Corporate leaders: Effort to rebuild trust underway


Published: Wednesday, January 29, 2003 at 6:01 a.m.
Last Modified: Tuesday, January 28, 2003 at 10:12 p.m.
DAVOS, Switzerland - Corporate leaders at the World Economic Forum turned their attention Monday to the official theme of the conference - how to restore public confidence in business.
"We are dealing with this issue head on," J.T. Battenberg III, chief executive of U.S. auto supplier Delphi, told the forum, an annual meeting of 2,300 government and business leaders.
The crisis of confidence was brought on by scandals like the collapse of U.S. energy trader Enron. Several at the forum called for a new commitment to old-fashioned business ethics instead of relying completely on the laws and rules affecting corporate governance.
"We no longer live in a world where business can say, 'Trust us. We'll do it right,' but one where the public will say, 'Show me you'll do it right,' " said Jaap Winter, former legal adviser to Unilever.
"Business must not only do the right thing but be seen to do the right thing," said Winter, who led a group of experts on corporate governance and accounting issues for EU finance ministers last year.
The official of this year's forum was "building trust," but the meetings have been overshadowed by the U.S. threat of war against Iraq.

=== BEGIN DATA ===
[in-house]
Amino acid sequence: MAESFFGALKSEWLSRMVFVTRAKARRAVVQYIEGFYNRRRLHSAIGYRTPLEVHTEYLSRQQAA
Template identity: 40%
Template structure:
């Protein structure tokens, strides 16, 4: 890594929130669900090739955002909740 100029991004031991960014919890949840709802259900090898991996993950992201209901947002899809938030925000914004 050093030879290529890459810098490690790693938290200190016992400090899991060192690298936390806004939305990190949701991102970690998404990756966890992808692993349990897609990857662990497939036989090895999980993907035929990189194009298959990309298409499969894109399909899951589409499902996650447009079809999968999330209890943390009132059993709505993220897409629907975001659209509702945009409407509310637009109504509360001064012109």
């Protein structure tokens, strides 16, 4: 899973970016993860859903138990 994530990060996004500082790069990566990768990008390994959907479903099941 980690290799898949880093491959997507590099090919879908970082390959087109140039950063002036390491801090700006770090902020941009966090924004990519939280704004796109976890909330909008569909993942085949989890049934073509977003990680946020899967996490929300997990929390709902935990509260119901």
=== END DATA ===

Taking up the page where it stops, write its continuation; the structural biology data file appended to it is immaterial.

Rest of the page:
Business and government leaders at the forum also showed signs that they have moved closer to solving a problem that has threatened to bring global trade negotiations to a halt.
Intensive talks among the heads of pharmaceutical companies, South African trade minister Alec Erwin and other trade officials made progress in finding ways to ensure poor countries can afford vital medicines, said Supachai Panitchpakdi, director-general of the World Trade Organization.
"In the last few days I thought (drug companies) have shown the kind of understanding that really we aren't that far apart and we should still be looking for a possible solution," Supachai, who also participated in the talks, told reporters. "What we heard at the meeting was encouraging."
Negotiations on the issue collapsed late last year after the United States refused to agree to a plan that would have let poor countries in certain circumstances override patents and order cheap, generic drugs from foreign companies to treat diseases such as HIV/AIDS, malaria and tuberculosis.
Discussions are due to restart Tuesday at the WTO's headquarters in Geneva.
The forum, in the posh Alpine resort of Davos, has been criticized by some activists as putting corporate profit ahead of improvements for the world's poorest people.
But on Sunday, the new leftist president of Brazil, Luiz Inacio Lula da Silva, expressed hope that the forum can be brought closer to the opposition World Social Forum, where Silva also spoke before coming to Davos.
"This is like a simple negotiation between a labor unionist and an employer," he said. "Once they sit at the bargaining table, we can see there are many topics that can be improved so we can reach an agreement."
On Sunday, U.S. Secretary of State Colin Powell called to the nations of the world to back the Bush administration in a potential war with Iraq.
"History will judge us whether we have the strength, the fortitude and the willingness to take that next step," he said.
Jordan's King Abdullah told the leaders in the next session that there was little chance of avoiding war in Iraq. "We're a bit too little too late," he said. "Today I think the mechanisms are in place . . . It would take a miracle to find dialogue and a peaceful solution."

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